Itching (Pruritus)

Pruritus or itching has many potential causes. Severe and persistent itching can lead to difficulty sleeping, anxiety and depression. The sensation of pruritus is carried by slow-conducting nerves and mediated by several small molecules including histamine, substance P, serotonin and bradykinin. Itching can be related to irritants or allergens, skin rashes, systemic diseases as well as abnormal processing of the itching impulse in the central nervous system.

What are some of the common causes of pruritus?

  • Atopic dermatitis
  • Urticaria (hives)
  • Varicella (chicken pox)
  • Dry skin (“winter itch”)
  • Scabies
  • Head or body lice

Although itching is frequently accompanied by a rash or dry skin, itching can occur in the absence of any visible abnormality of the skin.

What are some internal conditions and infections that can cause itching?

Widespread itching may be a manifestation of an underlying, internal disorder. Kidney failure, for example, often causes severe, widespread, intractable itching and is known as uremic pruritus. Some forms of liver disease including cholestasis and cholecystitis, as well as viral hepatitis, and thyroid dysfunction can cause the skin to itch. Certain disorders of the blood including lymphomas (cancer of the lymphatic system), leukemias (cancer of the blood or bone marrow), anemia (low red blood cell count), polycythemia vera (high red blood cell count), multiple myeloma (cancer of the immune system), and neurologic conditions such as pinched nerves can cause itching. Infectious diseases including HIV, varicella zoster virus (the cause of post-herpetic neuralgia) and skin boils due to methicillin sensitive or resistant staphylococcus aureus (a form of bacteria) can cause severe itching.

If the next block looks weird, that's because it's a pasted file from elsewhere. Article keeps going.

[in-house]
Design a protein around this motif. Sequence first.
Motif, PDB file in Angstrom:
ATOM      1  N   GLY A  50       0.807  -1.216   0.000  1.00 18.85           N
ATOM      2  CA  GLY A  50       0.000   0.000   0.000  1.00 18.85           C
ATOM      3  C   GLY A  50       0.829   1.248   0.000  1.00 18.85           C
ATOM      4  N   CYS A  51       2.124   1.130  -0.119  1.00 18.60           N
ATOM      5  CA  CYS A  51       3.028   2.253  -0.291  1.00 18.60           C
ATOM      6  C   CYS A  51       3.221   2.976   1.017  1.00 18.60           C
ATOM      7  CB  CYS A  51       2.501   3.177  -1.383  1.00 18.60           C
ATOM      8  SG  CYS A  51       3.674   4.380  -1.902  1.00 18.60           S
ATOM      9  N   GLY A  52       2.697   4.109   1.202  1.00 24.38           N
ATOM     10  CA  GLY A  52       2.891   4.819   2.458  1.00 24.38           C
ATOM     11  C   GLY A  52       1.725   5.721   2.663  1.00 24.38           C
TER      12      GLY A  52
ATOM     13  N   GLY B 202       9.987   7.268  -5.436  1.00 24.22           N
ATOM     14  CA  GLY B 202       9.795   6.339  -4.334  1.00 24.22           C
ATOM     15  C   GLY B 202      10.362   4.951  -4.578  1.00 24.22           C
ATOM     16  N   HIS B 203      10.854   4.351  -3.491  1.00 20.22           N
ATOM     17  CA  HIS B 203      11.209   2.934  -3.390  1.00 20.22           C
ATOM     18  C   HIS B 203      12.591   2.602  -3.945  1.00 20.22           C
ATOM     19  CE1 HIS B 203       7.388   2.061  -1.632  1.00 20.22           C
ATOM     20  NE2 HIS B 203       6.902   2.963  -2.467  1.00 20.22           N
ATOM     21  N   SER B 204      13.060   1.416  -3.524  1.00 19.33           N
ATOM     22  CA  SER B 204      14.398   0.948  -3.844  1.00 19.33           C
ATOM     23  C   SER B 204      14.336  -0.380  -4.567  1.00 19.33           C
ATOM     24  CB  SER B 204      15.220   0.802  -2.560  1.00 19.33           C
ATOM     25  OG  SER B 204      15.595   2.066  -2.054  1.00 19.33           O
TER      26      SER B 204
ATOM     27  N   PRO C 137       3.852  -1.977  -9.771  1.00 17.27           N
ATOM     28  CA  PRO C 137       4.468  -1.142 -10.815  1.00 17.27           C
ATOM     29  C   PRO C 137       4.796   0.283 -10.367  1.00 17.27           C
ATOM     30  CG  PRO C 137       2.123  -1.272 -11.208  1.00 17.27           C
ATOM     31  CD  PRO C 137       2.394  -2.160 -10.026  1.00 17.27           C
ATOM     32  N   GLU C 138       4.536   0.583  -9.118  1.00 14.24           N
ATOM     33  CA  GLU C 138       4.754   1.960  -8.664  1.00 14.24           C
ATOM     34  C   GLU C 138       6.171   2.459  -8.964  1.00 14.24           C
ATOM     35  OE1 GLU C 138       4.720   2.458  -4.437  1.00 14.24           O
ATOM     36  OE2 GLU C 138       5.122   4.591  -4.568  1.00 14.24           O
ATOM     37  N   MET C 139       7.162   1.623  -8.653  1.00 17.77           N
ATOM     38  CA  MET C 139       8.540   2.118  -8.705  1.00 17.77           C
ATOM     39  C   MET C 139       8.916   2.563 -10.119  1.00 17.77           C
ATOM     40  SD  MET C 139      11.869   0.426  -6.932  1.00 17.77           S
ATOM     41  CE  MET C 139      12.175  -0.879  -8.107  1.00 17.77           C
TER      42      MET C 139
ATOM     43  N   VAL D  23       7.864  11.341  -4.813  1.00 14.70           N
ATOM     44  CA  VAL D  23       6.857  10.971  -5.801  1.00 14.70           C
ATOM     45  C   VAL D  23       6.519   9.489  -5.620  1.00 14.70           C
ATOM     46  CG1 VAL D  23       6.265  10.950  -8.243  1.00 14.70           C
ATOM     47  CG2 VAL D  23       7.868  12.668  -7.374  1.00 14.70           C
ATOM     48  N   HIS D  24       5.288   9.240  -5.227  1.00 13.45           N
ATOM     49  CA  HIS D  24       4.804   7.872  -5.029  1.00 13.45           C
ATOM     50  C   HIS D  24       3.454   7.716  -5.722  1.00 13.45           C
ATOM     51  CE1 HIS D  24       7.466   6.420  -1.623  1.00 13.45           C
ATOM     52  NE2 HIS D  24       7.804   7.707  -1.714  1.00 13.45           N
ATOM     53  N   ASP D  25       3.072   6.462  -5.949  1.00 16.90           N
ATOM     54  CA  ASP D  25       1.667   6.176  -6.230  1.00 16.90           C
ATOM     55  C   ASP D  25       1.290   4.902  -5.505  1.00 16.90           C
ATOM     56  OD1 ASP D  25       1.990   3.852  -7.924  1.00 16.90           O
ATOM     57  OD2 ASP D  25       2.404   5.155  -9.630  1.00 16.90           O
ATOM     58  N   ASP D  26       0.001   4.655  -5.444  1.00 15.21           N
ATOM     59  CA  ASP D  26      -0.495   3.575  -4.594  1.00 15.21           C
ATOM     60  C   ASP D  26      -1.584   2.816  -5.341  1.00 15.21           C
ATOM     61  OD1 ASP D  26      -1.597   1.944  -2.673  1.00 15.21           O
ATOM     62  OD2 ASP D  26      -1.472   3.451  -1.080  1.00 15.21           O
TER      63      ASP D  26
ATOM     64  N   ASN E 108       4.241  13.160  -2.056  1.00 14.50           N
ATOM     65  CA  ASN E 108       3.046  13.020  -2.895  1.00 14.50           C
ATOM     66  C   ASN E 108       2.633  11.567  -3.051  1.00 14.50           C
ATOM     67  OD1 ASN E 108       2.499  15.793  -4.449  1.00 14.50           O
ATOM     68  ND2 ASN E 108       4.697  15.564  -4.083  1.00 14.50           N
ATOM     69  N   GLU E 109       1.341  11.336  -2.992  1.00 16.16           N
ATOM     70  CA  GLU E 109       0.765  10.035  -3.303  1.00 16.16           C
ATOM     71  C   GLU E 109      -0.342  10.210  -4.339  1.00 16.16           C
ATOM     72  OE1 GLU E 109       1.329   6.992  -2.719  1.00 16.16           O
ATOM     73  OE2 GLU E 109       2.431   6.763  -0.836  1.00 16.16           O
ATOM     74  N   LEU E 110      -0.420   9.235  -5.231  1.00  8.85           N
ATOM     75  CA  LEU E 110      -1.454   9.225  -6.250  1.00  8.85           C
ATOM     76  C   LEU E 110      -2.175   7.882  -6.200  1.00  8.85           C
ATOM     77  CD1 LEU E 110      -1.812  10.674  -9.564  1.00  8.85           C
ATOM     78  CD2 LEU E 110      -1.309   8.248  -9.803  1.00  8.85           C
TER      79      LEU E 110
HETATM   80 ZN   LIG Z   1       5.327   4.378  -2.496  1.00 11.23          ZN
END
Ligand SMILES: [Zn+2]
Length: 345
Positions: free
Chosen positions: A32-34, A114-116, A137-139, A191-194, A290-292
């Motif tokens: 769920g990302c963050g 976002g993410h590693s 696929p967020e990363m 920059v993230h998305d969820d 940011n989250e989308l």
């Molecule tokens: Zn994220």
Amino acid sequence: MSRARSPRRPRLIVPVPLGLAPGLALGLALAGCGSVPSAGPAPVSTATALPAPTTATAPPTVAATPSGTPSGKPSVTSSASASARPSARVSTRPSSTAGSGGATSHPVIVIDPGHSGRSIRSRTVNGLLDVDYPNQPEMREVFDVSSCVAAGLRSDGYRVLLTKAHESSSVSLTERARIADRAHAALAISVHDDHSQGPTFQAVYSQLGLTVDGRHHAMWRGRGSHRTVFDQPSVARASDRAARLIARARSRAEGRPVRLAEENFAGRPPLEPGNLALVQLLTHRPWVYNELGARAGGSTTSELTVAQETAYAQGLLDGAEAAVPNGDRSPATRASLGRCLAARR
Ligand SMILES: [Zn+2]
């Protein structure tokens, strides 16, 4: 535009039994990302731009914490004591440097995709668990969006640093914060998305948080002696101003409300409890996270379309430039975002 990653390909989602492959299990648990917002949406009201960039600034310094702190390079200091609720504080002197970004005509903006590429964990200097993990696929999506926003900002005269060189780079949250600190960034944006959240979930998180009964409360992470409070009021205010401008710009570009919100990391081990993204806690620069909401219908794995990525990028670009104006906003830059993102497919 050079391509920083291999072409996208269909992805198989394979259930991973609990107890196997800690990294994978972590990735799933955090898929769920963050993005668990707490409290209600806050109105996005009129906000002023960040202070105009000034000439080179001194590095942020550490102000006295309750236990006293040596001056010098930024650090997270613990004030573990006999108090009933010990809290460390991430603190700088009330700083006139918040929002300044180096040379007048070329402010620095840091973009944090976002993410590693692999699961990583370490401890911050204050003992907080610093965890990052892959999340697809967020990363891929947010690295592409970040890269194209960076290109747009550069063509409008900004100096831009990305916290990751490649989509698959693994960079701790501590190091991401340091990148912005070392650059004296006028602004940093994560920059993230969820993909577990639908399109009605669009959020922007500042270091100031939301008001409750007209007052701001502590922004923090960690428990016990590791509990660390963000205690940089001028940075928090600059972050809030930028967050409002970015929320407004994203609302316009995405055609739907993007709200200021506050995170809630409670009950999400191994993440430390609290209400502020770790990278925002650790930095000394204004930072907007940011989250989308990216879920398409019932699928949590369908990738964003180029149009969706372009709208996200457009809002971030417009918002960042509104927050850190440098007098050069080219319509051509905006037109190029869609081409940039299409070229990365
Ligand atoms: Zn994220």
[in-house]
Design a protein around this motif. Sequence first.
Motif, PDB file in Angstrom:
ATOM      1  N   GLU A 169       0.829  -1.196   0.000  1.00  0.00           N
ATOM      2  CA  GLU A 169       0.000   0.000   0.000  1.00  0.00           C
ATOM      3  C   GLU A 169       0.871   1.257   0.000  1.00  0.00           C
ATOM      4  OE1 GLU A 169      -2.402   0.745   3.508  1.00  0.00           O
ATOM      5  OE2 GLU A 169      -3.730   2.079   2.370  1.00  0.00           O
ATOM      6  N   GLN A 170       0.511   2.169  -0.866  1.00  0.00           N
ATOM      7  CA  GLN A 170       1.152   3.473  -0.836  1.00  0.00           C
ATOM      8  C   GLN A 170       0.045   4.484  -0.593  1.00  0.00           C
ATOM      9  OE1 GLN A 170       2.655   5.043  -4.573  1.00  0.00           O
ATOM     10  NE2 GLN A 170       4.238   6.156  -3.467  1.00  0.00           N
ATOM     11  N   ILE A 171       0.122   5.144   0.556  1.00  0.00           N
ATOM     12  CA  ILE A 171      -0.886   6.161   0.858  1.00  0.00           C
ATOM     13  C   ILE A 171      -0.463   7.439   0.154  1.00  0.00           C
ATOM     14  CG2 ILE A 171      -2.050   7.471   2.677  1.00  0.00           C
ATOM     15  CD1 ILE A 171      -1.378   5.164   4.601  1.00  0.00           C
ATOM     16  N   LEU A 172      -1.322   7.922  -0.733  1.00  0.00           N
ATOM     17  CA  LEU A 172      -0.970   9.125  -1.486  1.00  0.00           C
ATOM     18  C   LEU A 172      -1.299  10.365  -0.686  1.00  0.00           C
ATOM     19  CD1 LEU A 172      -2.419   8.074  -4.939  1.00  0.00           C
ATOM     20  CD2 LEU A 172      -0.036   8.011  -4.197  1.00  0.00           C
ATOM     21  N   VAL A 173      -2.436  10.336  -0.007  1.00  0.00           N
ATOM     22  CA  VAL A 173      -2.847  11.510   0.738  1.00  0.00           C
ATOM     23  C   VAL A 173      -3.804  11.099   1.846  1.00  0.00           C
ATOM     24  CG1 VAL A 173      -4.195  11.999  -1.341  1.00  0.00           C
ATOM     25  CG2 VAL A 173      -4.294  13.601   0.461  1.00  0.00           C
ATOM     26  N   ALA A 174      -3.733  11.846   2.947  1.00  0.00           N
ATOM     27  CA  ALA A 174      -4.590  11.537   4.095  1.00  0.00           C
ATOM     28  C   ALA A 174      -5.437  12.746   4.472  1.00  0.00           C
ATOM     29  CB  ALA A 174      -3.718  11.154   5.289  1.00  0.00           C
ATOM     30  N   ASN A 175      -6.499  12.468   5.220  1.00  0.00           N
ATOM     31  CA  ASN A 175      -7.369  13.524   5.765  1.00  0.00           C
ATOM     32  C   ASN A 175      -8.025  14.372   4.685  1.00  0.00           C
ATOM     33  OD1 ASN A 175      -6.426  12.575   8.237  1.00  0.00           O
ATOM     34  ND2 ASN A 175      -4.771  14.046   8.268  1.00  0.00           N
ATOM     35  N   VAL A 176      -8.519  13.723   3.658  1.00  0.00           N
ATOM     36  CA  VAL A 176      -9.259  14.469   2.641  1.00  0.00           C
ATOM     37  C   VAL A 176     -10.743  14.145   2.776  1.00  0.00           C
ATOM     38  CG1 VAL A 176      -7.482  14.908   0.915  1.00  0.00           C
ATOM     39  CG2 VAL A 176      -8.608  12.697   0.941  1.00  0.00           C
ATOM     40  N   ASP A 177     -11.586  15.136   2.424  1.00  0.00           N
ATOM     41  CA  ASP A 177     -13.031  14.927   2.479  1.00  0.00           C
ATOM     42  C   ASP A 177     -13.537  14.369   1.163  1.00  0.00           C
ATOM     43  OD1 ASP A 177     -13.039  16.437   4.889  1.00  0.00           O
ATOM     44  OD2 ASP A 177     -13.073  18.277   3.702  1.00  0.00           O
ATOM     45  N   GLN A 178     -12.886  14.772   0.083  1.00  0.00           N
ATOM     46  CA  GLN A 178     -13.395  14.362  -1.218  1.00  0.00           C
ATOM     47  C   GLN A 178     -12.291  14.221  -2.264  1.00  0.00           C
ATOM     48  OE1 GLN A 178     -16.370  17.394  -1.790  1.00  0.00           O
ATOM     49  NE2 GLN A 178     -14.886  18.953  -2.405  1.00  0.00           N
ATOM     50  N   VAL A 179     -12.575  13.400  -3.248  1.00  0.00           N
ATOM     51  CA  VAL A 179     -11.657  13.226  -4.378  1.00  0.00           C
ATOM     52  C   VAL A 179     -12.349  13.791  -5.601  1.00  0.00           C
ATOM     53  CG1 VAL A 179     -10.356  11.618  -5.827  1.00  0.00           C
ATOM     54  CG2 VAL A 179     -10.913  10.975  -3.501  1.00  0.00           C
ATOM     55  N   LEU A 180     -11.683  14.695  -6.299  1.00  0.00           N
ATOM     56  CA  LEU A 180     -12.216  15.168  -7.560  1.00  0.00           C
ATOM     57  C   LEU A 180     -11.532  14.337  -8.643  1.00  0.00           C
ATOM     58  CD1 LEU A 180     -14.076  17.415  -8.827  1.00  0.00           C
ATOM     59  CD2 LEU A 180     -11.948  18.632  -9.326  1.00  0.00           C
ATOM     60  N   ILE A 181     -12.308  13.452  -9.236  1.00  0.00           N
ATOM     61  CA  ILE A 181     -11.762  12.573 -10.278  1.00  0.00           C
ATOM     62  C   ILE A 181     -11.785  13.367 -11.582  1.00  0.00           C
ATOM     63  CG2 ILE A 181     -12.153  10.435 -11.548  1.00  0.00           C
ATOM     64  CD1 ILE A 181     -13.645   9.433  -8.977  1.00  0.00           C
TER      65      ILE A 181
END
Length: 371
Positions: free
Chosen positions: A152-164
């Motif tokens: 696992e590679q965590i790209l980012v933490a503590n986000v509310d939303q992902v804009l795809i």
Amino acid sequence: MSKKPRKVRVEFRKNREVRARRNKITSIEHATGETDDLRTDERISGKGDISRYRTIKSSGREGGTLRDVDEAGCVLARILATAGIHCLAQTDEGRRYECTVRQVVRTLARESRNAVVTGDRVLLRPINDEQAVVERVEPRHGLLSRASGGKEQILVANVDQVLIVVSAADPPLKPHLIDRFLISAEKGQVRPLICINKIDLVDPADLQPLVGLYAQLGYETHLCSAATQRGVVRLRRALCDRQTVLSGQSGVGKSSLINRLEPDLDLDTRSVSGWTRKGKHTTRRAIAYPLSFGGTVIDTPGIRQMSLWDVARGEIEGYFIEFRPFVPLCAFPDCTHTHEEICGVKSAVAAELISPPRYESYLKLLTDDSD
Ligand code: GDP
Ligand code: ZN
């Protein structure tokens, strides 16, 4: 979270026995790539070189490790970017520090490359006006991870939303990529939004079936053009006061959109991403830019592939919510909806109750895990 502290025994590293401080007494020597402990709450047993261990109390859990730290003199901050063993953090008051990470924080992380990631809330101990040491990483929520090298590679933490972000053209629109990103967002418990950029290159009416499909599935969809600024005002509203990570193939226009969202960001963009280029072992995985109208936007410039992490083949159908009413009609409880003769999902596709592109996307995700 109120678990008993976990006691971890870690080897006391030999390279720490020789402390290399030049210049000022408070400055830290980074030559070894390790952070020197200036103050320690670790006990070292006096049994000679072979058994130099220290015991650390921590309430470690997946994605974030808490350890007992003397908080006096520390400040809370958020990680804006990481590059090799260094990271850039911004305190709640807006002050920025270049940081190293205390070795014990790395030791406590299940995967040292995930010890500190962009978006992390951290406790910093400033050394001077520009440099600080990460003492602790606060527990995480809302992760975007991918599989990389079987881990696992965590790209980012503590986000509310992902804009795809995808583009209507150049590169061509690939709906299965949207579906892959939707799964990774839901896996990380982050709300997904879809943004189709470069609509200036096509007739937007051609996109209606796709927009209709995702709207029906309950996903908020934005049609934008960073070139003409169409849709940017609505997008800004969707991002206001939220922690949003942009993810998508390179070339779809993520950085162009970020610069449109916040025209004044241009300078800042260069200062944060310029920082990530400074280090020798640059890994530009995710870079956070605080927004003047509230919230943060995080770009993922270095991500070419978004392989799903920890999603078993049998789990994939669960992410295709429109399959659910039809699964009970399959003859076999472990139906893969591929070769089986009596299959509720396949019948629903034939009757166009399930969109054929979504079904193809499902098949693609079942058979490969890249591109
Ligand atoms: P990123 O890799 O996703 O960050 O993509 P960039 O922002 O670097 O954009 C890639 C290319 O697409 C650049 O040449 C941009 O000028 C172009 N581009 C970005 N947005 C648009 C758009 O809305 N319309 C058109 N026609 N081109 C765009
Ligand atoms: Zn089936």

What can be done for pruritus?

Often the dermatologist will be able to diagnose the cause of itching with a careful history and physicial examination; however, to determine a specific cause of the itch, a panel of blood tests, skin scraping, or biopsy may be needed to help make the diagnosis.

If the itch is due to a skin disease or skin infection, treatment of the causative condition itself, in combination with topical medications and oral antihistamines usully relieves the symptoms. If the itch is secondary to an internal disease, patients may require treatment of the disease with oral medications. Patients with widespread pruritus often benefit greatly from ultraviolet light therapy.

Simple measures that can relieve itching include:

  • Moisturizers or bath powders containing oatmeal extract
  • Topical lotions or creams with menthol, camphor or calamine
  • Over-the-counter anti-itch creams containing hydrocortisone
  • Mild, hydrating cleansers
  • Application of cold water compresses for localized areas of itching
  • Wearing light, loose-fitting clothing and staying cool

If these simple measures are inadequate to relieve your itching or an underlying cause of the itching is not apparent, consult your dermatologist.